Thousands of people demonstrated outside the Trump International Hotel and Tower in New York City on January 19 to express their opposition to the policies of Donald Trump on the eve of his inauguration as U.S. president. The speakers included well-known actors, singers, and the mayor of New York, Bill de Blasio. (Reuters/AFP)
AP has reported these as the "10 Promises Trump Made For His First Day":
—Introduce a constitutional amendment for congressional term limits.
—Freeze hiring for the federal government to reduce payrolls, although the military, public safety and public health agencies would be exempt.
—Ban White House and congressional officials from becoming lobbyists for five years after they leave the government.
—Announce plans to renegotiate the North American Free Trade Agreement with Canada and Mexico or withdraw from the deal.
—Formally withdraw from the Trans-Pacific Partnership.
—Lift restrictions on mining coal and drilling for oil and natural gas.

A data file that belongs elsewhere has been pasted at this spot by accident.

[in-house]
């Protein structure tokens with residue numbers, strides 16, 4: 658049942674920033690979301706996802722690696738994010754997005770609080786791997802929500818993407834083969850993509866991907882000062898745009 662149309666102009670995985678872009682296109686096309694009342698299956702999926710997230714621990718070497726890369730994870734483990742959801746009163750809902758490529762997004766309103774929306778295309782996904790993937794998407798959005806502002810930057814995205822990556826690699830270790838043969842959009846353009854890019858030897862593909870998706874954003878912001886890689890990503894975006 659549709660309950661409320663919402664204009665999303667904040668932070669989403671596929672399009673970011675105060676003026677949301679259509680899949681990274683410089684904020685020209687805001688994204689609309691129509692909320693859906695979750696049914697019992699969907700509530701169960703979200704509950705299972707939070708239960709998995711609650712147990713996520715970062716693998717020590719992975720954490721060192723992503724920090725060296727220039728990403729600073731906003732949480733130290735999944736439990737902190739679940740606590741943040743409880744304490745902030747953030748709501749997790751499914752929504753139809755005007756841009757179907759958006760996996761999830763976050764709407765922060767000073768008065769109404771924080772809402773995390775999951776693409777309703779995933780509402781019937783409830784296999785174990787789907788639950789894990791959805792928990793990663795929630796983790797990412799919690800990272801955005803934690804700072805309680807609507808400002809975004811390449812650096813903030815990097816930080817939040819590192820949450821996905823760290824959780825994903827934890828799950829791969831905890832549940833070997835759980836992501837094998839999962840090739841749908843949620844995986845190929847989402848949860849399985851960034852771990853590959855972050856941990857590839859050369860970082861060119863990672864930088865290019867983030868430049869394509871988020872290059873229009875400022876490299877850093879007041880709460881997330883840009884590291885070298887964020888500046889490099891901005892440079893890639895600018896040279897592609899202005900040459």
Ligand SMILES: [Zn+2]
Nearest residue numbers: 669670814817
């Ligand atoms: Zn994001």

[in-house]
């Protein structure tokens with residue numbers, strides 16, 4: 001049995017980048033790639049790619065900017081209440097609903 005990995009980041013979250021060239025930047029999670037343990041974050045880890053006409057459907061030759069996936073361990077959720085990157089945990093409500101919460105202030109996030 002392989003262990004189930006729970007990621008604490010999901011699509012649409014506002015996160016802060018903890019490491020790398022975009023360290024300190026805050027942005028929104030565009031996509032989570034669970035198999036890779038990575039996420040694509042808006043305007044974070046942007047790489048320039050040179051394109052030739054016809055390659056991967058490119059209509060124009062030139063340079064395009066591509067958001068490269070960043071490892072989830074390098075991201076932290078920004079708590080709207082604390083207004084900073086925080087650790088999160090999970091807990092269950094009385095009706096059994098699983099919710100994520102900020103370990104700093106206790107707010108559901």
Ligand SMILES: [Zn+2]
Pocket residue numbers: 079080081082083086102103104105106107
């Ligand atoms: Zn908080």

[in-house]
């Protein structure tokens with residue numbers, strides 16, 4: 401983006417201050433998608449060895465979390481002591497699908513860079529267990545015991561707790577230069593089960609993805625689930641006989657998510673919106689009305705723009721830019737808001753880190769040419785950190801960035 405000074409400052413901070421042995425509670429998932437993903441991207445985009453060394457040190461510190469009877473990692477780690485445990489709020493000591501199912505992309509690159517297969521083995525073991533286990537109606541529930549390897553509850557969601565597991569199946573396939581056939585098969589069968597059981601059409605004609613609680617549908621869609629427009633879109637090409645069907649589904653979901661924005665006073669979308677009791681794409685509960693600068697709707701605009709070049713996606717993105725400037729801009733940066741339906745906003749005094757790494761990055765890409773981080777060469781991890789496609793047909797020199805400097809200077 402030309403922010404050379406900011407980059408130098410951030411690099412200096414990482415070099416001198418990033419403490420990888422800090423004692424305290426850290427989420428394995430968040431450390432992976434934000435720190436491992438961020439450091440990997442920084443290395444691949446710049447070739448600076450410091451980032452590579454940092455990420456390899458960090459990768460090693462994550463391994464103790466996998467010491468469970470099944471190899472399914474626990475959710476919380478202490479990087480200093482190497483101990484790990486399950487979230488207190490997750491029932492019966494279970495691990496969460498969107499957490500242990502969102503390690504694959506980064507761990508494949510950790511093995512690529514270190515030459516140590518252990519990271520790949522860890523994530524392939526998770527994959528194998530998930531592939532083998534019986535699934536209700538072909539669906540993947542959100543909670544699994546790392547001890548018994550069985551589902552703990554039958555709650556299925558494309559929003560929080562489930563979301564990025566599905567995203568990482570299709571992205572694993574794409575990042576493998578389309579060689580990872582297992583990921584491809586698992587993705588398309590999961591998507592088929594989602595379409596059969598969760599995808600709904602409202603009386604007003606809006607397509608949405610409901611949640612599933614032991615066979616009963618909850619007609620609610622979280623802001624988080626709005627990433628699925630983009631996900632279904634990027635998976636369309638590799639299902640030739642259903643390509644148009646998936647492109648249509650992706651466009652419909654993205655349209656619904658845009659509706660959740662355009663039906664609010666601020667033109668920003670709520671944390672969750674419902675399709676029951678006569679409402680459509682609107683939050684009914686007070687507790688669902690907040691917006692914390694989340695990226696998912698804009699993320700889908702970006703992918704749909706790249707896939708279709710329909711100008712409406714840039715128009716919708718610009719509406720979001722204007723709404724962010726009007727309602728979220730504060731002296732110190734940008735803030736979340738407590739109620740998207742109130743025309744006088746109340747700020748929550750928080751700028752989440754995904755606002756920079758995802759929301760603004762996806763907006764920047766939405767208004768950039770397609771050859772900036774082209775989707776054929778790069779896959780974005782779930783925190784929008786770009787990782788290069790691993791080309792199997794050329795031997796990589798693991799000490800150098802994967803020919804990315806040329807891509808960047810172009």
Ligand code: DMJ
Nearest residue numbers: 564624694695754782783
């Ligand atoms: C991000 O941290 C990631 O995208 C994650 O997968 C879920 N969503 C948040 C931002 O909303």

—Remove any Obama-era roadblocks to energy projects such as the Keystone XL pipeline.
—Cancel U.S. payments to U.N. climate change programs and redirect the money to U.S. water and environmental infrastructure.
—Stop all federal funding to “sanctuary cities,” places where local officials don’t arrest or detain immigrants living in the country illegally for federal authorities.
—Suspend immigration from regions associated with terrorism where vetting is difficult.
Trump has suggested that by "first day," however, he doesn't necessarily mean today.
Earlier this month he told The Times: "Day one -- which I will consider to be Monday as opposed to Friday or Saturday, right? I mean, my day one is going to be Monday because I don't want to be signing and get it mixed up with lots of celebration."
But Trump's team has suggested executive orders and other action could come sooner than January 23. On January 19, incoming White House Press Secretary Sean Spicer said, "I think you'll see some activity on both tomorrow, over the weekend and then Monday, Tuesday, Wednesday."
Trump himself said on January 19, "We will be signing some papers that will be very meaningful tomorrow right after the speech to get the show going."